Griffin is not only right for the Redskins, he’d be great for Washington. For so long now, the team and Redskins fans have been waiting for someone with Griffin’s combination of off-the-charts ability and charisma.
If the Redskins draft Griffin, owner Daniel Snyder finally would have a true franchise quarterback. For a decade or more, Griffin would be the face of the team. And in little time, if not immediately, he would own the District.
To get all of that, it will be costly. The Redskins know this as well, which is why they’re reportedly willing to trade multiple draft picks — including two No. 1s — to theSt. Louis Rams, who currently hold the No. 2 overall pick in the April 26-28 draft.
With the Indianapolis Colts expected to select Stanford quarterback Andrew Luck first, several teams are courting the Rams, who already have quarterback Sam Bradford and many holes to fill.
The Redskins’ roster is in need of a lot of work, too. Washington could use as many draft picks as it could get for, well, the foreseeable future. Also, the Redskins haven’t fared well in the past chasing other pots of gold that turned out to be empty.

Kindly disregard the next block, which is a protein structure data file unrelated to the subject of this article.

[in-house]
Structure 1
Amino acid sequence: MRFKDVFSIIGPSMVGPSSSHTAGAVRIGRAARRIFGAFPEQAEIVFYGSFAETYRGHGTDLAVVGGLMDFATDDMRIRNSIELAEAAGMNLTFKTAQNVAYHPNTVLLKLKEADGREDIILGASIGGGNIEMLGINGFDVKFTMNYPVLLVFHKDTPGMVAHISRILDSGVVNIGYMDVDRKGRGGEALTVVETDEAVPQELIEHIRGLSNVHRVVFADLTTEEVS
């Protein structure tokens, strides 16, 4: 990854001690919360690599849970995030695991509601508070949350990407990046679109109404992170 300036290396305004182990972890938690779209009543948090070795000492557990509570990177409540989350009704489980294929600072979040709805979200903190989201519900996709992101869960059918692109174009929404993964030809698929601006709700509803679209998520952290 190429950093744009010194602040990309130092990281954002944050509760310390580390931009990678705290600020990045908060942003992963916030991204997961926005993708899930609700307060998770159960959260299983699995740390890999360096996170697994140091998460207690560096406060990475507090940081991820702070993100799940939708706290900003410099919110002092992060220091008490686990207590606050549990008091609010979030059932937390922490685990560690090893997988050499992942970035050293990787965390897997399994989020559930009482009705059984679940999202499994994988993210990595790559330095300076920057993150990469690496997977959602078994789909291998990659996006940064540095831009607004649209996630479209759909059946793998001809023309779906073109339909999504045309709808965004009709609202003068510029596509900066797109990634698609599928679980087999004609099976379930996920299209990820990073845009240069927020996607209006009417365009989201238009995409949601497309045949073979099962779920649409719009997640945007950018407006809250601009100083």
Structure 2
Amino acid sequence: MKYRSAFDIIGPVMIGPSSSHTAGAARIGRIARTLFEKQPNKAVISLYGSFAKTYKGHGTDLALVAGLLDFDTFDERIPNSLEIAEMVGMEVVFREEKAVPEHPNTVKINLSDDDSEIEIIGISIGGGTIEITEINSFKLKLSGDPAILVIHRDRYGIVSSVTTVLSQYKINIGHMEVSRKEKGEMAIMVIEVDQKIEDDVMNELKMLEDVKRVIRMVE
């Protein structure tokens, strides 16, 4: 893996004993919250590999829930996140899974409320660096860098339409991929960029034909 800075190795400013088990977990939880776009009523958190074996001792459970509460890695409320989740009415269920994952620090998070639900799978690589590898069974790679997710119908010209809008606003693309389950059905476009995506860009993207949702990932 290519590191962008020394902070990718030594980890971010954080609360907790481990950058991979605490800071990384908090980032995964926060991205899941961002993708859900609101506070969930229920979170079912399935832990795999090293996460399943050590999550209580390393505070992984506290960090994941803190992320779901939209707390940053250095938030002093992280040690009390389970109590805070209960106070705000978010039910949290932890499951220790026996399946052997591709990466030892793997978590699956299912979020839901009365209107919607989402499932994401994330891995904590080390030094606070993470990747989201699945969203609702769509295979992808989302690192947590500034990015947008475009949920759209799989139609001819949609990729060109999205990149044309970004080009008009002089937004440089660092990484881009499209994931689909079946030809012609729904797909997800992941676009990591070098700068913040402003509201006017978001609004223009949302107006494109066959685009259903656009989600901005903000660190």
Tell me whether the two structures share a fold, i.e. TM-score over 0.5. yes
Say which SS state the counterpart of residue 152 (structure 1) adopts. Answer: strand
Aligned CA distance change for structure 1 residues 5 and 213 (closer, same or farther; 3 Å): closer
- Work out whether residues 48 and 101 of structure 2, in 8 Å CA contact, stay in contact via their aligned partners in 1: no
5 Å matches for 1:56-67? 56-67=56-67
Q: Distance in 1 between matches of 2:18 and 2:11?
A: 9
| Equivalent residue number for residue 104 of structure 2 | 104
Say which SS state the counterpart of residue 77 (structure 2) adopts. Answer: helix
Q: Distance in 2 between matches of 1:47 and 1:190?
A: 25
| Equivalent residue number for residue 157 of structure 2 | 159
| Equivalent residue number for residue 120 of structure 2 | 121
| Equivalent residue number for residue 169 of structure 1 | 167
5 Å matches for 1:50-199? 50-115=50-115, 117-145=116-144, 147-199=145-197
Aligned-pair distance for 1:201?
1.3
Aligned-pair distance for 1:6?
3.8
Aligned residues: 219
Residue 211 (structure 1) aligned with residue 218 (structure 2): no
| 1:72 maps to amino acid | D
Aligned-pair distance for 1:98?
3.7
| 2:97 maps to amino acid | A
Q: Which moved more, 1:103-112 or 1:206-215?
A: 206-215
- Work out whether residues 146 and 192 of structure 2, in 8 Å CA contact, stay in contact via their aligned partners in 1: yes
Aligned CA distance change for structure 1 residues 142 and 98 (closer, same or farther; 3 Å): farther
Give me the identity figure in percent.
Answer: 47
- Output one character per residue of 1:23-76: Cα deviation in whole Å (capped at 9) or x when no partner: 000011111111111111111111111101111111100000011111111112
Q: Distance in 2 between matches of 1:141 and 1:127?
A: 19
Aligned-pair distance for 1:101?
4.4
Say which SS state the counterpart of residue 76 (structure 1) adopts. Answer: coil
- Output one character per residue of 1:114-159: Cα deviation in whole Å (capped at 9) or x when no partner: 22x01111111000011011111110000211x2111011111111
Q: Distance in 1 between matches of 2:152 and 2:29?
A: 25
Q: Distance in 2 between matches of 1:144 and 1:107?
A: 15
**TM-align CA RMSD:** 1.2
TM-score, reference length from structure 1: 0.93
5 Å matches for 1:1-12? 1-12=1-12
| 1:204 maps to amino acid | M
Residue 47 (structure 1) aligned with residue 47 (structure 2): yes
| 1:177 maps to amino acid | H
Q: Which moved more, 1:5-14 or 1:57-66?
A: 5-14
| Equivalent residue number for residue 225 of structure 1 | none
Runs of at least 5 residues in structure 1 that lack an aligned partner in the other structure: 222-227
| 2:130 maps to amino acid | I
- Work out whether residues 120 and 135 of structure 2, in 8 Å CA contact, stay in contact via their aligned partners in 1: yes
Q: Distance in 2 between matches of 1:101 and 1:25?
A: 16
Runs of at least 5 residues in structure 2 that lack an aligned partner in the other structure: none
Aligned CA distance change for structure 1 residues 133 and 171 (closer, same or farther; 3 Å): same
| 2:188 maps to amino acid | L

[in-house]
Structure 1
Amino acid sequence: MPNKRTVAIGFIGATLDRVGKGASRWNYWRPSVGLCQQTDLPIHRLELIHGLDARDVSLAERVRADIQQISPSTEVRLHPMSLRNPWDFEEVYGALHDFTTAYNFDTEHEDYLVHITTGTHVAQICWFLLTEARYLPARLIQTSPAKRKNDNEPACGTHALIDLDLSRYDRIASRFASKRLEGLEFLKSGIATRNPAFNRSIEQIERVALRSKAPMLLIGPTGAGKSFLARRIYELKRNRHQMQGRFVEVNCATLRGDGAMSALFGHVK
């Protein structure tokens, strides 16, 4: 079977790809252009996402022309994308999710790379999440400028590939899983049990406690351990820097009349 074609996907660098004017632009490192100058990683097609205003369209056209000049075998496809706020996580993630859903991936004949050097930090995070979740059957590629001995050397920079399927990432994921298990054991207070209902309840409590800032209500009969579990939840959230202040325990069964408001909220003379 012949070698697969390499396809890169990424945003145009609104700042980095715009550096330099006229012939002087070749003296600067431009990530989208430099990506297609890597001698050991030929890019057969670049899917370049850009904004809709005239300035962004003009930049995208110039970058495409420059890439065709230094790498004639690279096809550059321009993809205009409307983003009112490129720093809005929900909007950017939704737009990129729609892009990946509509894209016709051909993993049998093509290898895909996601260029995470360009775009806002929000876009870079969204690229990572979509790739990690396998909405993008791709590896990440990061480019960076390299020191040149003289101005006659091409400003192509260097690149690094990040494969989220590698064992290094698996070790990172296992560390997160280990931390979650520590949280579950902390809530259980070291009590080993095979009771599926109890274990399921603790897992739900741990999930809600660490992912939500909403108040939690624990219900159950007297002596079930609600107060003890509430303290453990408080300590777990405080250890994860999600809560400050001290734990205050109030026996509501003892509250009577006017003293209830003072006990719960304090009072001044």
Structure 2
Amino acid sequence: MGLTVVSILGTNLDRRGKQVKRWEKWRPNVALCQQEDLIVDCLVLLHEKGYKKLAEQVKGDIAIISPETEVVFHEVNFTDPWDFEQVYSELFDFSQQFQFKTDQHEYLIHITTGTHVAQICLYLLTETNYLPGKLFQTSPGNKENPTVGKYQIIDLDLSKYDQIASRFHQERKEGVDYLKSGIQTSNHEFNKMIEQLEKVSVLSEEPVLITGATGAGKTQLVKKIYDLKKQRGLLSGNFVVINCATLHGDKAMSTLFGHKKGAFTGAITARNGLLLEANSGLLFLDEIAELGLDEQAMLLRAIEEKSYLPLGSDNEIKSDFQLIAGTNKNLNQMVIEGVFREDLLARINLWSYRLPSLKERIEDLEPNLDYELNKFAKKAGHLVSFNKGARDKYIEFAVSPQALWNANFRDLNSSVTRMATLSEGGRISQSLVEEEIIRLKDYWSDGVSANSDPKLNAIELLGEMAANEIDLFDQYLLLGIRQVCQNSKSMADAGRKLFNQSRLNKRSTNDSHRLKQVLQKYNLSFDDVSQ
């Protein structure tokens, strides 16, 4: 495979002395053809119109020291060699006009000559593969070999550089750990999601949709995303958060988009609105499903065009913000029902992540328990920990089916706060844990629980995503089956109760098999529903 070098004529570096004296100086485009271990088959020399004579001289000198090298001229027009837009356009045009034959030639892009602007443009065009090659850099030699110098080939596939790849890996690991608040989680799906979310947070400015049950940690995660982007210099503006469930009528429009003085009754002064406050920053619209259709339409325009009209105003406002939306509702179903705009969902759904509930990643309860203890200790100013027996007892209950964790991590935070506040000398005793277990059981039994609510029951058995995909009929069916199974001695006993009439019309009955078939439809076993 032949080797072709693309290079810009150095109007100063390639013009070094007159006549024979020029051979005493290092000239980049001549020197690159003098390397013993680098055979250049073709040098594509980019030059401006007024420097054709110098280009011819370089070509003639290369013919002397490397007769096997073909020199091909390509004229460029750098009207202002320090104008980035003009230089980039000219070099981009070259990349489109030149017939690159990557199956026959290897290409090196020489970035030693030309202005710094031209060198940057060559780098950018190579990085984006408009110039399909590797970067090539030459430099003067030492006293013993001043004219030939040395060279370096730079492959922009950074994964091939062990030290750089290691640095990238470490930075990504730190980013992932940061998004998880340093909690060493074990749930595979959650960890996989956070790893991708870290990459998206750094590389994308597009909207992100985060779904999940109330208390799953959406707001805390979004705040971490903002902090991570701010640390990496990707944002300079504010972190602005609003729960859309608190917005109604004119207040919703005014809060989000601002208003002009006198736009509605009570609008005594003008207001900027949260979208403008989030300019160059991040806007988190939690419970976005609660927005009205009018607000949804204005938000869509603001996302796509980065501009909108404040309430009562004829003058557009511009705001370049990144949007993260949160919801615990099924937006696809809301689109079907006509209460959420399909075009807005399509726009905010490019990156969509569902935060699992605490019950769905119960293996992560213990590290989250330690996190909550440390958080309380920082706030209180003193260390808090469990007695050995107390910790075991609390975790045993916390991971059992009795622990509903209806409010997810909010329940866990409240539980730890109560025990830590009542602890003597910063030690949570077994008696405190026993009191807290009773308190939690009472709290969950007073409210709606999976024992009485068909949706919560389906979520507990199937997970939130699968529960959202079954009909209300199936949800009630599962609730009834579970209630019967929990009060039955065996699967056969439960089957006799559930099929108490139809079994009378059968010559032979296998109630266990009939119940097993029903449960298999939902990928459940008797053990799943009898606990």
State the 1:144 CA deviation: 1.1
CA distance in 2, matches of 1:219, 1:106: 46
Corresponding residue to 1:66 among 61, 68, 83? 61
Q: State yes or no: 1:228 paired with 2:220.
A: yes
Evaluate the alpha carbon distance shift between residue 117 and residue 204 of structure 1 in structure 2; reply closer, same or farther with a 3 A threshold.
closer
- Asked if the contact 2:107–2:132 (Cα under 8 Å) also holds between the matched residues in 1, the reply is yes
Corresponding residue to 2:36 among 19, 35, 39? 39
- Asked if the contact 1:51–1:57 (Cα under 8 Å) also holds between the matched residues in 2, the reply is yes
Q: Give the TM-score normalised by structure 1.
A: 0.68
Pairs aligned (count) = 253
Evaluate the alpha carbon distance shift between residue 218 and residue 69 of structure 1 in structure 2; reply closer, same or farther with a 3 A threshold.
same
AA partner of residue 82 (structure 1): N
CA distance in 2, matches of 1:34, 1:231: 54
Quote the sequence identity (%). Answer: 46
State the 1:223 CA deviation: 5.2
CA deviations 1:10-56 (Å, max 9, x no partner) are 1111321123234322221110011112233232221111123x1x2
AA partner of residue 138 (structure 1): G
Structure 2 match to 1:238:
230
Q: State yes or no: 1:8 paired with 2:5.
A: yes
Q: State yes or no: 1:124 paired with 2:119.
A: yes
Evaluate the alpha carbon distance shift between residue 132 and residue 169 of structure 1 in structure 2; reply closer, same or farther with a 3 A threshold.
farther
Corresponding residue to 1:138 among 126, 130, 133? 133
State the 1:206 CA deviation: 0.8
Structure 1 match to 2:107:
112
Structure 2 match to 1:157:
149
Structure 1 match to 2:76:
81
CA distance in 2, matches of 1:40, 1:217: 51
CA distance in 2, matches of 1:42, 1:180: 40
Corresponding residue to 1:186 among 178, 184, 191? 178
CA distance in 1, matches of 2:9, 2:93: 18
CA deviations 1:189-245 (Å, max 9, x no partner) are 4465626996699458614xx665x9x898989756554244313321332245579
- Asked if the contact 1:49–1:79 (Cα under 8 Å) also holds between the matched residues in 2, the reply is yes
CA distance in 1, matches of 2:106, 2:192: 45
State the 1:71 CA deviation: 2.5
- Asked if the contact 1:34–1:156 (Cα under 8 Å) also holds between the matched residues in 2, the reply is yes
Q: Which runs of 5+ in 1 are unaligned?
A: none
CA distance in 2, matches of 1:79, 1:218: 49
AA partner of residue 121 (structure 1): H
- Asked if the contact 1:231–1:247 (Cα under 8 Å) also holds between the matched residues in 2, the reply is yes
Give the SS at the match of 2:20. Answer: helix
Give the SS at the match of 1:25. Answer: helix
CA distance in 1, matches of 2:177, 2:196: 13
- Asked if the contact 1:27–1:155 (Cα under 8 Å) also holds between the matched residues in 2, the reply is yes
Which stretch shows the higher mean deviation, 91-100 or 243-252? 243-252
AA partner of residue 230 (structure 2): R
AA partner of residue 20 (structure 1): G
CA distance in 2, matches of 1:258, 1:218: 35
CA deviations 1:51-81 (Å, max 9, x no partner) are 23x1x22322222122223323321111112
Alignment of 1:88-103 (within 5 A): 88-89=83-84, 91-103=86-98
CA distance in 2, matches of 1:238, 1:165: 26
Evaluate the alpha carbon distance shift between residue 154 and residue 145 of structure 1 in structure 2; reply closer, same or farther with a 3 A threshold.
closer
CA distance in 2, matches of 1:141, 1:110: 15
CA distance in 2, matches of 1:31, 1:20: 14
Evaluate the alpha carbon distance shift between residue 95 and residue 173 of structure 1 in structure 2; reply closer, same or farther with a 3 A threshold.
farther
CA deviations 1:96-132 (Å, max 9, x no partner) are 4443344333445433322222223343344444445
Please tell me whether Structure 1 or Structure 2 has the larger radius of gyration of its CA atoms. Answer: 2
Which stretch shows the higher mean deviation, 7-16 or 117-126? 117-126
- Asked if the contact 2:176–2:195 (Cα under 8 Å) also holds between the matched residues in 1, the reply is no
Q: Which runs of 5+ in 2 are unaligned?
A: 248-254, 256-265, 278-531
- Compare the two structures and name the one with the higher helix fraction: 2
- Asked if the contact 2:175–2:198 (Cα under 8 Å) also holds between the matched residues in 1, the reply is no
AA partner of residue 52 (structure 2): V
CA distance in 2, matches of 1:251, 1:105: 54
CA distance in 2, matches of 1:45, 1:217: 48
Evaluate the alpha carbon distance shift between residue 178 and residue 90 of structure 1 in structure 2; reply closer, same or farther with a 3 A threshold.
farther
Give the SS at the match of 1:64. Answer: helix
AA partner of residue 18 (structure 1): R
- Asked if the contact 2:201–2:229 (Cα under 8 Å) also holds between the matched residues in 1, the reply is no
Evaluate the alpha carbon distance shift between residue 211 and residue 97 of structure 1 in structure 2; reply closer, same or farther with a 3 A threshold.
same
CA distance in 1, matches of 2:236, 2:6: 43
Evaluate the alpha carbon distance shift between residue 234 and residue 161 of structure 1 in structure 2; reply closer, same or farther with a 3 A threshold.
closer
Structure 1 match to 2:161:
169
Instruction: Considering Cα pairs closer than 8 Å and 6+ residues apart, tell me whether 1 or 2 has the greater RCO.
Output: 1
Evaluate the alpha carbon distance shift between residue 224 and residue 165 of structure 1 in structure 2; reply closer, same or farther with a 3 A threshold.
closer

But Griffin is different. He’s not another fading star at the end of his career. His star is rising quickly — and the Redskins should latch on for the ride.
For a team that has willingly dumped numerous draft picks for fading veteran stars, plunging head-first into the Griffin market might make some uneasy. The picks required to pry the No. 2 selection from the Rams would prevent the Redskins from upgrading in other key areas of of need — along the offensive line, in the receiving corps and in the secondary. And above all, there’s no guarantee Griffin, as talented as he is, will be the face-of-the-frachise talent the team so desperately needs. And those risks may outweigh the potential reward. As Mike Wise wrote:
Last month, Green Bay free agent Matt Flynn was the homeroom crush. Last week, it was Peyton Manning.
We are turning into the dog from the movie “Up.” Someone blurts out, “Quarterback,” in this town, and we jump. Our tails vibrate for hours. We don’t know what we want; we’re more fickle than Michaele Salahi.
We’ve met the enemy, Washington; it’s us. We were supposed to keep Daniel Snyder sober from his shopping addiction, from throwing away draft picks and mortgaging the future on one player.